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A message from Farzam Afshar, CEO, VeriFacts Automotive, and the Guild 21 Board of Directors was next. Farzam emphasized that although Verifacts sponsors Guild 21, the Guild is an independent group of collision repairers, insurers and vehicle manufacturers that stand for sweeping innovation in the industry. The commitment is to create transparent customer focused solutions. The emphasis is to invent a radical new future where safety, efficiency and a cost-effective process are our guiding principles.
The speaker at this MaestroConference was Jeff Peevy, Senior Director of Field Support and Segment Development for I-Car. His topic was "Learning Culture, the Only Sustainable Competitive Advantage." He said he hopes to show that there is always a significant return on investment from training. To show this, he referred to three study groups where how to study and develop a learning culture were researched by I-Car. There were nine shops in Group One, eleven shops in Group Two, and twenty-eight shops in Group Three. The study focused on four metrics: cycle time, touch time, CSI score and supplement frequency.
Among the shops studied there were three differing degrees of "learning culture." The typical shop was essentially neutral, top-performing shops had a strategic learning culture, and the rest had a minimal (if any) learning culture. For shops with a strategic learning culture, the six-month average after training was a 28.9% reduction in cycle time, a 35.5% increase in touch time, a 4.8% increase in CSI scores, and a 12.5% reduction in supplement frequency. For shops with a typical learning culture, the six-month average after training was a 13.8% reduction in cycle time, a 49.2% increase in touch time, a 6% increase in CSI scores, and an 11.2% reduction in supplement frequency. For shops with a minimal learning culture, the six-month average after training was a 3.6% reduction in cycle time, a 1.9% increase in touch time, a 1.2% increase in CSI scores, and a 10% reduction in supplement frequency.
Another measure of the effectiveness of a learning culture was employee retention. There was essentially no turnover for strategic learning culture shops. The typical shop had a 14% turnover rate, and minimal learning culture shops had a 20% turnover rate. Where the best learning culture was established, personnel believed knowledge is a company asset and learning is the only source of sustainable competitive advantage. Management promoted and supported this belief throughout the organization. There was a learning expectation for all staff members and a commitment to strive for expertise in one's role. Knowledge was shared freely. Solutions were sought that involved the whole operation. And a common vision was created together. New personnel were recruited to support the learning culture.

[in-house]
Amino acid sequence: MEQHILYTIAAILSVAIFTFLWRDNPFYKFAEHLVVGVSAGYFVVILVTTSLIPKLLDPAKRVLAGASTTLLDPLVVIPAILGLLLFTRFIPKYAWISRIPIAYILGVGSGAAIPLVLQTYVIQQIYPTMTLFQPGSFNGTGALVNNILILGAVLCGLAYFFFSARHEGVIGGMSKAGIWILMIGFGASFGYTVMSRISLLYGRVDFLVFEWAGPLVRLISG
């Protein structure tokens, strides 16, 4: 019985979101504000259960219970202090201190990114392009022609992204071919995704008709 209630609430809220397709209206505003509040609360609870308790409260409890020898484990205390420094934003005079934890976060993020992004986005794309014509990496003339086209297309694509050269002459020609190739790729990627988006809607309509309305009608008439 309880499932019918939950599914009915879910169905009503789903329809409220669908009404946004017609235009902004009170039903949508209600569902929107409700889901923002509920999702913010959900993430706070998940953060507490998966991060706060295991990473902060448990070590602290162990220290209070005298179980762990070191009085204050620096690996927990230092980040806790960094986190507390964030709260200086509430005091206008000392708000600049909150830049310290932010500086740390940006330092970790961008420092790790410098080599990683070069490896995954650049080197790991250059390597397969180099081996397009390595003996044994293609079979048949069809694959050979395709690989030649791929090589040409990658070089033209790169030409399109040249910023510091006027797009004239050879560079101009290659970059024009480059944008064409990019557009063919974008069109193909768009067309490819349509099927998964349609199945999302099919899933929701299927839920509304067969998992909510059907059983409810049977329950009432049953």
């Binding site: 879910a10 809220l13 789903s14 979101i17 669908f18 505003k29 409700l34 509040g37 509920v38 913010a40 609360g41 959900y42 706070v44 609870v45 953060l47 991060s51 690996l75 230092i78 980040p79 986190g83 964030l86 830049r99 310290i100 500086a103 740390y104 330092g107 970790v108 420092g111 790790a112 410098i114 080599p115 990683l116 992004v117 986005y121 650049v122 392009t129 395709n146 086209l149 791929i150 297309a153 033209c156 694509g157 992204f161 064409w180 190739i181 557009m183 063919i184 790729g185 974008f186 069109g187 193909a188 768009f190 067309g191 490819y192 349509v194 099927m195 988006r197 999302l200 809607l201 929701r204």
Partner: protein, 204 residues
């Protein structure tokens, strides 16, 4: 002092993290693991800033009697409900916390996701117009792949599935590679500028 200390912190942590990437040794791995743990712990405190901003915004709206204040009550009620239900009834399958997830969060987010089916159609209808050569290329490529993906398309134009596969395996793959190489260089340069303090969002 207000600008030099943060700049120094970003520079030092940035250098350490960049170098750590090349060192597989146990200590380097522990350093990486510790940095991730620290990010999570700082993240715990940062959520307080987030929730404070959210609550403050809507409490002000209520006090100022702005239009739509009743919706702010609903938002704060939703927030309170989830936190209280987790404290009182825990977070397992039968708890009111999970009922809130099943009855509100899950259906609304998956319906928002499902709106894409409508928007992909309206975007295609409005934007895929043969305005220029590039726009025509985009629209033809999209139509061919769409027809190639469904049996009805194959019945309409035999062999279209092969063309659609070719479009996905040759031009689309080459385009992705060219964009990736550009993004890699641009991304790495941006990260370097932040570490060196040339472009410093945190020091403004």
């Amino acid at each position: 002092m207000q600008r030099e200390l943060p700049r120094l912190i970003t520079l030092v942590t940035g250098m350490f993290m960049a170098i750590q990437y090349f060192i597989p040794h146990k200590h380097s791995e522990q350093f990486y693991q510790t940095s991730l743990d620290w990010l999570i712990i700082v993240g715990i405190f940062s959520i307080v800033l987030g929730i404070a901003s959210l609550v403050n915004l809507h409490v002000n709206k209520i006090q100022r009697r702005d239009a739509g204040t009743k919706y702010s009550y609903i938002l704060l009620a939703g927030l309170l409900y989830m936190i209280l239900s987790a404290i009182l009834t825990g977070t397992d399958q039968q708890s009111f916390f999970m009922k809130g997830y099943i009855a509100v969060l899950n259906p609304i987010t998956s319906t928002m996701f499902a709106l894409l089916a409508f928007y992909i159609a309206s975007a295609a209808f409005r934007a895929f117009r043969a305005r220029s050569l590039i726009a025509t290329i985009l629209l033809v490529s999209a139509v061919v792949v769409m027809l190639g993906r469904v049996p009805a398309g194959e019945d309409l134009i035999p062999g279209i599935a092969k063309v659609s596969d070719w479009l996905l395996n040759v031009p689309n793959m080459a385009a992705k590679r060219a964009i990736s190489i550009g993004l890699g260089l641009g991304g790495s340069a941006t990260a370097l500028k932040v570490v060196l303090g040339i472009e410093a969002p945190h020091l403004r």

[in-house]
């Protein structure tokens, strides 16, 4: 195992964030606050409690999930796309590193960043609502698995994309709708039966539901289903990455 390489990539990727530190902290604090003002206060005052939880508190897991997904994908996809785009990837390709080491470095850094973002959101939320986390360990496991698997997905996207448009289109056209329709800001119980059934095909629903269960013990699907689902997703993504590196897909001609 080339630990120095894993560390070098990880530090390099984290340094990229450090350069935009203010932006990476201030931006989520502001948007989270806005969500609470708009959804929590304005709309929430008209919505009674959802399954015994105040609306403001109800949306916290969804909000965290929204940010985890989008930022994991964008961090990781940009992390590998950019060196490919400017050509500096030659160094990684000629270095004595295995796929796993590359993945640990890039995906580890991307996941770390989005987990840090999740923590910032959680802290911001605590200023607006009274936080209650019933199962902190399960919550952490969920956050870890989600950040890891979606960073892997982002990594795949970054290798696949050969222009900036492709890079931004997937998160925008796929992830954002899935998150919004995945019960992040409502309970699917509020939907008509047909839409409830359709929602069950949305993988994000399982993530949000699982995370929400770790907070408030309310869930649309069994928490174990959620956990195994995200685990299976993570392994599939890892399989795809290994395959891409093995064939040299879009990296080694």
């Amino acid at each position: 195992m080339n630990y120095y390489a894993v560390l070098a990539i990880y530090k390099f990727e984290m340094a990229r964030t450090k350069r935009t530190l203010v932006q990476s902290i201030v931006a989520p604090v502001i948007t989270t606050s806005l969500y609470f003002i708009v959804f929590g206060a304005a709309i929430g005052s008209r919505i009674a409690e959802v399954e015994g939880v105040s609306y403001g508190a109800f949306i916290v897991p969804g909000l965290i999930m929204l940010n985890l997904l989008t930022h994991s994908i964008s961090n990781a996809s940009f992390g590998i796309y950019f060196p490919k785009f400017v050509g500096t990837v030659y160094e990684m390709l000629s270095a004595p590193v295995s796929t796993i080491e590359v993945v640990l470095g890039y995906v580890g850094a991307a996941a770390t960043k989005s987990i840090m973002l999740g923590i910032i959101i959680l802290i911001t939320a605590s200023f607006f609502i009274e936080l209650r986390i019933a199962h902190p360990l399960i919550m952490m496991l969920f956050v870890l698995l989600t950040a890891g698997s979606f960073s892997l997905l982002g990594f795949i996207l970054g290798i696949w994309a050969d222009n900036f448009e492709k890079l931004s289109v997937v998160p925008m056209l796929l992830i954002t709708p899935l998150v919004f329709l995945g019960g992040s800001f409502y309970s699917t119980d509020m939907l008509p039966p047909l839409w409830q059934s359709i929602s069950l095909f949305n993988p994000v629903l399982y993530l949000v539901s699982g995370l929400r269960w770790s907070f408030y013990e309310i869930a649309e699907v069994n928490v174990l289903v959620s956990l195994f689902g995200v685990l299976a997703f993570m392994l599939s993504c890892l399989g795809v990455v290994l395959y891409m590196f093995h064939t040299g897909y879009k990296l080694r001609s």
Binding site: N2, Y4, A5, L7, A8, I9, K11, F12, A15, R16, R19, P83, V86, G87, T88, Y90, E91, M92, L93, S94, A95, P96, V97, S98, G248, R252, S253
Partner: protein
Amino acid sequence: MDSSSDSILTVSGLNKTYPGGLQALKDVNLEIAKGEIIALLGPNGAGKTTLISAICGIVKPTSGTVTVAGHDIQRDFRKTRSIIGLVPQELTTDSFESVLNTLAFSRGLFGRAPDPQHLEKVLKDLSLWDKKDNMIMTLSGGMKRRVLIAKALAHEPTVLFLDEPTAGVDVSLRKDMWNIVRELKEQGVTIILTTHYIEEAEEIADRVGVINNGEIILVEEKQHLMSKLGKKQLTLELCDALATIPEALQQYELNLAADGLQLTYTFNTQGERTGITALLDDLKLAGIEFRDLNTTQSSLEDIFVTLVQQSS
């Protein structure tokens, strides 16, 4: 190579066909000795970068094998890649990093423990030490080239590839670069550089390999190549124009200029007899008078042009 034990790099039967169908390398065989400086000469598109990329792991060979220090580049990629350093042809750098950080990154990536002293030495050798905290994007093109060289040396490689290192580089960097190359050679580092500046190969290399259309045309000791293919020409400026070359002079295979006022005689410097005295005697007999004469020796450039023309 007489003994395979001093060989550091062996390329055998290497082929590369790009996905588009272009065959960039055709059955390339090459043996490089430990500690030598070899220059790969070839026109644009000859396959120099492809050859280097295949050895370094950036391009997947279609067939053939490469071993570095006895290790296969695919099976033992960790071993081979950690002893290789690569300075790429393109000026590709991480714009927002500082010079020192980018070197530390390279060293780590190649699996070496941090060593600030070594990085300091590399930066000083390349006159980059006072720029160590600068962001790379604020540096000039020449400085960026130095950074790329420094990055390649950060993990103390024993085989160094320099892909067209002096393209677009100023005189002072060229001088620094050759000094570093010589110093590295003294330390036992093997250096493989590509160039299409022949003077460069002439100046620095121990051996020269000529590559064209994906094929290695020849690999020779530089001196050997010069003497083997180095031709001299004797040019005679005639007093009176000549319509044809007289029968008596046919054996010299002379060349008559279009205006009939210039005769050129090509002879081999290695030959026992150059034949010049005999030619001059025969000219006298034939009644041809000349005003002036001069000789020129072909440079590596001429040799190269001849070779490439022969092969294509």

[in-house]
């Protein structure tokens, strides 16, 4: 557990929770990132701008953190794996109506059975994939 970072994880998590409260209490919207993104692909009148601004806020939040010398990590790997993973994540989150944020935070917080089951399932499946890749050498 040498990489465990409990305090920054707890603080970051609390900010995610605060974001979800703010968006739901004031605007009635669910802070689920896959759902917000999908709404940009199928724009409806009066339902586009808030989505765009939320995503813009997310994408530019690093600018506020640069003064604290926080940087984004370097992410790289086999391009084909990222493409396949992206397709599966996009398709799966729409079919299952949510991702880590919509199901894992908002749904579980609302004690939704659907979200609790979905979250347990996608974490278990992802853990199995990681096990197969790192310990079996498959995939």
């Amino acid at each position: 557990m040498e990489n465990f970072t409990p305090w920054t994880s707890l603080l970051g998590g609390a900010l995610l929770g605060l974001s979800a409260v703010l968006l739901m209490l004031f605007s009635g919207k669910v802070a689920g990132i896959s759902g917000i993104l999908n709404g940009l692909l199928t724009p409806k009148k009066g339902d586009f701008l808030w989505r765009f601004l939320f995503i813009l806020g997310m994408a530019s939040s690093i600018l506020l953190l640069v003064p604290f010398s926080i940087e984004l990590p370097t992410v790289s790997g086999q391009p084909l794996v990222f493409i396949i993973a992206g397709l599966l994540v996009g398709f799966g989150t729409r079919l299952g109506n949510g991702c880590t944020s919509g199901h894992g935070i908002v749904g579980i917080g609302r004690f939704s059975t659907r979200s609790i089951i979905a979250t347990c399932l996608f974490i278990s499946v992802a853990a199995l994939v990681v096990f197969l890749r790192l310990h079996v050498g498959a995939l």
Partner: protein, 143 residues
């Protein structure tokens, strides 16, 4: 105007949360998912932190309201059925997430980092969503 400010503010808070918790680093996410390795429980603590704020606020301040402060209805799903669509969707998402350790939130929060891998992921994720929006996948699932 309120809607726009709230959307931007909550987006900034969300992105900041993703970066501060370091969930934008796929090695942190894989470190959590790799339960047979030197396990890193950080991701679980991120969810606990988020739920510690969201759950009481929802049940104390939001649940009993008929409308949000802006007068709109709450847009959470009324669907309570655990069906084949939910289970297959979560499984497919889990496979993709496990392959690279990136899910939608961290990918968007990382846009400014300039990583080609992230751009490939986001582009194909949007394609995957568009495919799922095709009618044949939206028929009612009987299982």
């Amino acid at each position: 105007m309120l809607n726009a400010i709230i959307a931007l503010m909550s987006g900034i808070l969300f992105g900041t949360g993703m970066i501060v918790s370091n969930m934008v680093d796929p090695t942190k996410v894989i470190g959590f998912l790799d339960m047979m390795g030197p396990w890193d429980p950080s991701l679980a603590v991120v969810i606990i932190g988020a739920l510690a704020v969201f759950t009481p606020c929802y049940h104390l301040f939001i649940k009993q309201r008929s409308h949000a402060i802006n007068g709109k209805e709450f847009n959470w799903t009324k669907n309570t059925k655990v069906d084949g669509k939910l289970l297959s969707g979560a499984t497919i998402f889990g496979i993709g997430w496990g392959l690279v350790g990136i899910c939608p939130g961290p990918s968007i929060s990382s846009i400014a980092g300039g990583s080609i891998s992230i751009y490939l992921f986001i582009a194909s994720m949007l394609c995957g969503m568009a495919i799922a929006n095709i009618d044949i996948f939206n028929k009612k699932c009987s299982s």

By contrast, the attitude toward learning where there was little if any learning culture was essentially negative. Management would apologize if an employee were sent for training. With that negative attitude, 60% failed to even show up for training or to notify anyone of the failure to show. For those who did show, the negative attitude minimized any benefits. There was apparently no recognition that the industry is facing a technological tsunami that can be a death blow to shops that fail to keep up with the needed knowledge and expertise. And these days there is even a limited shelf life to technical knowledge as vehicles are undergoing constant change.
Jeff closed with a summary of the "Eight Practices of a Learning Culture."
- Believe that knowledge is a company asset and learning is the only source of sustainable competitive advantage.
- Promote and support this belief throughout the organization.
- Establish a learning expectation for all staff members.
- Commit to expertise within your roles.
- Share knowledge freely.
- Think of the whole operation when looking for solutions to challenges.
- Create a vision together.
- Recruit to support a learning culture.